PHILADELPHIA – It doesn’t happen very often, but on Thursday the educational needs of Philadelphia’s school children trumped the political interests of the city’s teachers union.
Philly.com reports that officials at Abraham Lincoln High School in Northeast Philadelphia stopped American Federation of Teachers President Rhonda “Randi” Weingarten from touring the school while class was in session.
The school principal told Weingarten the tour would be disruptive to the learning process, and invited her to come back after the dismissal bell rang at 2:55 p.m., the news site reports.
That wasn’t good enough for Weingarten, who used the snub as a convenient reason to attack Philadelphia school officials.
“Obviously they said no today because they don’t want us to see the condition,” Weingarten said to the TV cameras that just happened to be on hand. “I’m just astounded … I have never been denied access to a public school where our members are working.”
Considering that Weingarten’s motives for the tour were self-serving and nakedly political, perhaps the union boss should be routinely denied access to schools while class is in session.
As Philly.com notes, “Weingarten was visiting the city on the fourth day of the school year to try and rally public opinion against the Corbett administration’s demand that the Philadelphia Federation of Teachers (PFT) agree to concessions, such as wage and benefit cuts and work-rule changes, in exchange for $45 million in state money for the city’s (nearly bankrupt) schools.”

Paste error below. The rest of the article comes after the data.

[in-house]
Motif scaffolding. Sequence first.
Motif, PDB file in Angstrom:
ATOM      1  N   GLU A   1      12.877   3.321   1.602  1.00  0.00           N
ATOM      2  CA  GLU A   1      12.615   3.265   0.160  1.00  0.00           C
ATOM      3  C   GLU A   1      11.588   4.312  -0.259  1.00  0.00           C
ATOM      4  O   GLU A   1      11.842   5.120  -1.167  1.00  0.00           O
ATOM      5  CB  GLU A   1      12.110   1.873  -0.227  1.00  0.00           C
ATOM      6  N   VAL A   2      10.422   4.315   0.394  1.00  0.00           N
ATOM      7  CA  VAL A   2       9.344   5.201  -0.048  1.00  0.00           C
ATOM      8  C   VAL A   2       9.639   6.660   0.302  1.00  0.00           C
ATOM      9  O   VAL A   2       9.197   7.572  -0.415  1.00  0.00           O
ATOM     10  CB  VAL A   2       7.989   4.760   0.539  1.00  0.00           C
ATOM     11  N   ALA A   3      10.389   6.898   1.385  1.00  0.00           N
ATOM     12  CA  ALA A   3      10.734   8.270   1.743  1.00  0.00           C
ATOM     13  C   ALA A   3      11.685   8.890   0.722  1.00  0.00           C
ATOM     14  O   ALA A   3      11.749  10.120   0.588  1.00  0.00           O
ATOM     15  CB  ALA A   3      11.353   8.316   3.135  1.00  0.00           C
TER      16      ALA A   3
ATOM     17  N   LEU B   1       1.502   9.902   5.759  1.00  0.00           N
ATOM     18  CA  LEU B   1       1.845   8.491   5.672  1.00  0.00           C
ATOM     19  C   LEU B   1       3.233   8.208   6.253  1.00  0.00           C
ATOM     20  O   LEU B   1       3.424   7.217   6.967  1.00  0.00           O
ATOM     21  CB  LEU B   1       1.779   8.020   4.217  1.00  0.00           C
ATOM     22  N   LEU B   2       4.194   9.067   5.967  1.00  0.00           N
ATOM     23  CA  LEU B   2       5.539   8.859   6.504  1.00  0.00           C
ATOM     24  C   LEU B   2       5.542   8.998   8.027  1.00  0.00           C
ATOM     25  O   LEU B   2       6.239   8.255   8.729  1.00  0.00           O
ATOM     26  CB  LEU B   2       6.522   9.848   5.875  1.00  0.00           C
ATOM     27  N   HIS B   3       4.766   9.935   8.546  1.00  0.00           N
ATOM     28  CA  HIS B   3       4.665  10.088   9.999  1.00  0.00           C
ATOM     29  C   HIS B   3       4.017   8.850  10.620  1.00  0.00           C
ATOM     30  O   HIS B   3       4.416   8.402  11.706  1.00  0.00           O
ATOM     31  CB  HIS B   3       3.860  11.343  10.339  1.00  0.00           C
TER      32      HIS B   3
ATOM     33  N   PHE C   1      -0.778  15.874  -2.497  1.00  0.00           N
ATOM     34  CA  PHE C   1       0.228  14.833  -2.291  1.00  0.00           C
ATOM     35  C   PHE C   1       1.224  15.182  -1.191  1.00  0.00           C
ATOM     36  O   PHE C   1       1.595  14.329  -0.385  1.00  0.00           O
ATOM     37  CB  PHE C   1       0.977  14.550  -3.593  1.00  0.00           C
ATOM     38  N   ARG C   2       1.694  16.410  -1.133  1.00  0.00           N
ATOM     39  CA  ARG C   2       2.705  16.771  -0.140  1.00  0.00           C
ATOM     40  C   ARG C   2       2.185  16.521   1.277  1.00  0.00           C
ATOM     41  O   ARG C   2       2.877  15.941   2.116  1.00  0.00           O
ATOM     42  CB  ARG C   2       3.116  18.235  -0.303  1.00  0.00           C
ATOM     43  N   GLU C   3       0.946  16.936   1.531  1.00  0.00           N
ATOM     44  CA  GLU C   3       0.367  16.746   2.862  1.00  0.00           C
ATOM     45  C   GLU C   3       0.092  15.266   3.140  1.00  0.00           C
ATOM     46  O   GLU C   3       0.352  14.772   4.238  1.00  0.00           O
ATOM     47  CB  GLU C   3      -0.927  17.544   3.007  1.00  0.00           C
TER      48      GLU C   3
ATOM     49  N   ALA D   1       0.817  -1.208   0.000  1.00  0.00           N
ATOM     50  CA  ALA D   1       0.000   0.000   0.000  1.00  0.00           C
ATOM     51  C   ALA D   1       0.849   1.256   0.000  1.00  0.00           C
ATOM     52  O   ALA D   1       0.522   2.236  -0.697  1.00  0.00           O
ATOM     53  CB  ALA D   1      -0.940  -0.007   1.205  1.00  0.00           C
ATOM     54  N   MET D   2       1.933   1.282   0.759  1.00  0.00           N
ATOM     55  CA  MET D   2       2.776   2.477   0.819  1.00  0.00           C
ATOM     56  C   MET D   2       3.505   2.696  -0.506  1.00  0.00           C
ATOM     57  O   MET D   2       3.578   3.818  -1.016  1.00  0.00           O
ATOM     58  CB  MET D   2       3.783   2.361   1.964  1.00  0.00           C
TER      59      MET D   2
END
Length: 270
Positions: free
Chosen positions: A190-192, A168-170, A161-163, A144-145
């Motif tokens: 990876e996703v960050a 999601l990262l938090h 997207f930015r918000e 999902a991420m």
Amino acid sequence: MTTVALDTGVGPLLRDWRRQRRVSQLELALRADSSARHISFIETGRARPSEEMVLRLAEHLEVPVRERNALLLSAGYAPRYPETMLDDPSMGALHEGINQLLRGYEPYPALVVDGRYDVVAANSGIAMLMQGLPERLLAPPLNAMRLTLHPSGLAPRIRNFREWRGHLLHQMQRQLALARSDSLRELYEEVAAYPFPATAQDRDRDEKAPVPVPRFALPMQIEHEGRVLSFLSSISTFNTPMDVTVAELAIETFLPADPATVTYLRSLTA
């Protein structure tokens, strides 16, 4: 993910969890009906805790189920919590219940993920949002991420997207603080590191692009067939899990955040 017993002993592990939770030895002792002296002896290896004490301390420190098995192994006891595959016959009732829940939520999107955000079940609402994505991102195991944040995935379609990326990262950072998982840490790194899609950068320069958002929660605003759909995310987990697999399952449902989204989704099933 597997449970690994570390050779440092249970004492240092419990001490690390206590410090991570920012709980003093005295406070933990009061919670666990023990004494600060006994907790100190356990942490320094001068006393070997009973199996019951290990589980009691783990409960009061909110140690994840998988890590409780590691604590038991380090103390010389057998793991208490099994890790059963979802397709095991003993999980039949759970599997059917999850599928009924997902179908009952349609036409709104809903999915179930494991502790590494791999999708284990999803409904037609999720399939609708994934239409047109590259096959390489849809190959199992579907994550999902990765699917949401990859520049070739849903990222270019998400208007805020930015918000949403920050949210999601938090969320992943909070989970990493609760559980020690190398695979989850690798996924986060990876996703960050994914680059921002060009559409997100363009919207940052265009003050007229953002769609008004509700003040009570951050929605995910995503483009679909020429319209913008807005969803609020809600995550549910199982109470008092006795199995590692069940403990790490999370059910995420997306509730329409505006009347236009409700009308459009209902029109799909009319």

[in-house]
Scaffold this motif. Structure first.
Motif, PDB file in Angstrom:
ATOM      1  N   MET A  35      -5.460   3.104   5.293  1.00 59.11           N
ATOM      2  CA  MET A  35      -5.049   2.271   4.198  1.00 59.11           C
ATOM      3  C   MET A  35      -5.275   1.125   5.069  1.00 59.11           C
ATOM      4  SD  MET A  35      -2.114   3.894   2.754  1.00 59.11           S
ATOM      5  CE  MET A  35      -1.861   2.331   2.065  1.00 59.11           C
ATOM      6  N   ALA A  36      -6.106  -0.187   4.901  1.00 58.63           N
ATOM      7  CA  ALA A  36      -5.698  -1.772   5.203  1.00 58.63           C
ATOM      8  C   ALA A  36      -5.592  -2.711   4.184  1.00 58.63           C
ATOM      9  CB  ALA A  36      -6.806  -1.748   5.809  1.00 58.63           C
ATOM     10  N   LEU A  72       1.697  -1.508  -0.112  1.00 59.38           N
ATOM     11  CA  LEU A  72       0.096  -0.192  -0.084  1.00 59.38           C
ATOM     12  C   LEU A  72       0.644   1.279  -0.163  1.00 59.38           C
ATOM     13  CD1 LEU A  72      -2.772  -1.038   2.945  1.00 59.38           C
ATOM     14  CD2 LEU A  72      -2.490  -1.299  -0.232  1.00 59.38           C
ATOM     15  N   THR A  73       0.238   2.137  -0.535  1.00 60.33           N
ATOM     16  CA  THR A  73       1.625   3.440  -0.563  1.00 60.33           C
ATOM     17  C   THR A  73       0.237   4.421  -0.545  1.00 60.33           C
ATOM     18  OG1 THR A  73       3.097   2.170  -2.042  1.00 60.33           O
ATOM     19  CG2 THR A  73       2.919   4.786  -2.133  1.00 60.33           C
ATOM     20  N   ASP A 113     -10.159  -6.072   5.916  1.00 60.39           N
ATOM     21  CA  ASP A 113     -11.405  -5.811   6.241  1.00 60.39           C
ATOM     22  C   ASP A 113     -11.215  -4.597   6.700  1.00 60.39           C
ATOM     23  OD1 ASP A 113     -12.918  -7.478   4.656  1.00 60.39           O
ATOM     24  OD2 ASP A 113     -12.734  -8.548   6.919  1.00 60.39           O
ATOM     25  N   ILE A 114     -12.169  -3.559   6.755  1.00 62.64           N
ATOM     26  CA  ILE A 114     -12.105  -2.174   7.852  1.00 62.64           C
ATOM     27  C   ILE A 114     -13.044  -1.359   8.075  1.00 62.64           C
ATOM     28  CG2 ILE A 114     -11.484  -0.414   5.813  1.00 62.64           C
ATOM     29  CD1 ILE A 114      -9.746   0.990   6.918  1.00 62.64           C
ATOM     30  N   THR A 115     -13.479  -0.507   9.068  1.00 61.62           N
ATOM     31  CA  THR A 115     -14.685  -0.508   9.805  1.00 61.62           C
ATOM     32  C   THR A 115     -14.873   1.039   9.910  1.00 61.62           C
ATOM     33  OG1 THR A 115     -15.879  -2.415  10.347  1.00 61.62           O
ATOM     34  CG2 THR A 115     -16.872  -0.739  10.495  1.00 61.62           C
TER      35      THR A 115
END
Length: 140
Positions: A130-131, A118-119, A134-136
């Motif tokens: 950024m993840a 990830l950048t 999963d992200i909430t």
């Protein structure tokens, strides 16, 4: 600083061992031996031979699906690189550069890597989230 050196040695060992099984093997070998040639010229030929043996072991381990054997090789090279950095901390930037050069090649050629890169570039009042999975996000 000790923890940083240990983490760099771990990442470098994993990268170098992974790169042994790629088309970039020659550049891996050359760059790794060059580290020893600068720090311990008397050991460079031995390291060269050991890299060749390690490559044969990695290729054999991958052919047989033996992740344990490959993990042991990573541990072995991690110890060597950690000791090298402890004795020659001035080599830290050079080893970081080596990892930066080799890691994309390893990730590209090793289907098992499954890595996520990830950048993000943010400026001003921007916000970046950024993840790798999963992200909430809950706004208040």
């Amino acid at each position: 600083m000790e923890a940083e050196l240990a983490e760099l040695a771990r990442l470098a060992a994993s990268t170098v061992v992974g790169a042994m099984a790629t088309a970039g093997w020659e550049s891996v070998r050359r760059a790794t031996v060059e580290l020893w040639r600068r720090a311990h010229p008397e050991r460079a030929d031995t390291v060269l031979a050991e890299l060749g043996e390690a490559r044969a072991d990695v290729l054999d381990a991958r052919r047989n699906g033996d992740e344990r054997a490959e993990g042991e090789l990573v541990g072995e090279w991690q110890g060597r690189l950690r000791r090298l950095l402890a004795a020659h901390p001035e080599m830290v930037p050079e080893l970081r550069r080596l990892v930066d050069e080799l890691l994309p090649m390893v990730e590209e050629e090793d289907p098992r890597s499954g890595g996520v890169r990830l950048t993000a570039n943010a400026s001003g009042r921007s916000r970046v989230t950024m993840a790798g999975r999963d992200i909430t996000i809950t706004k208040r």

Weingarten wanted to use the tour to highlight the school’s crowded classrooms and supply shortages, which would help advance the union narrative that Gov. Tom Corbett and city leaders are heartless budget cutters who are hurting children.
The union needs those type of media stories to counter the growing realization that the PFT has depleted the district’s bank account over the years with its irresponsible wage and benefit demands.
We salute Philly school officials for outfoxing Weingarten on Thursday. Union leaders should never be allowed to disrupt student learning in order to stage cheap publicity-seeking stunts.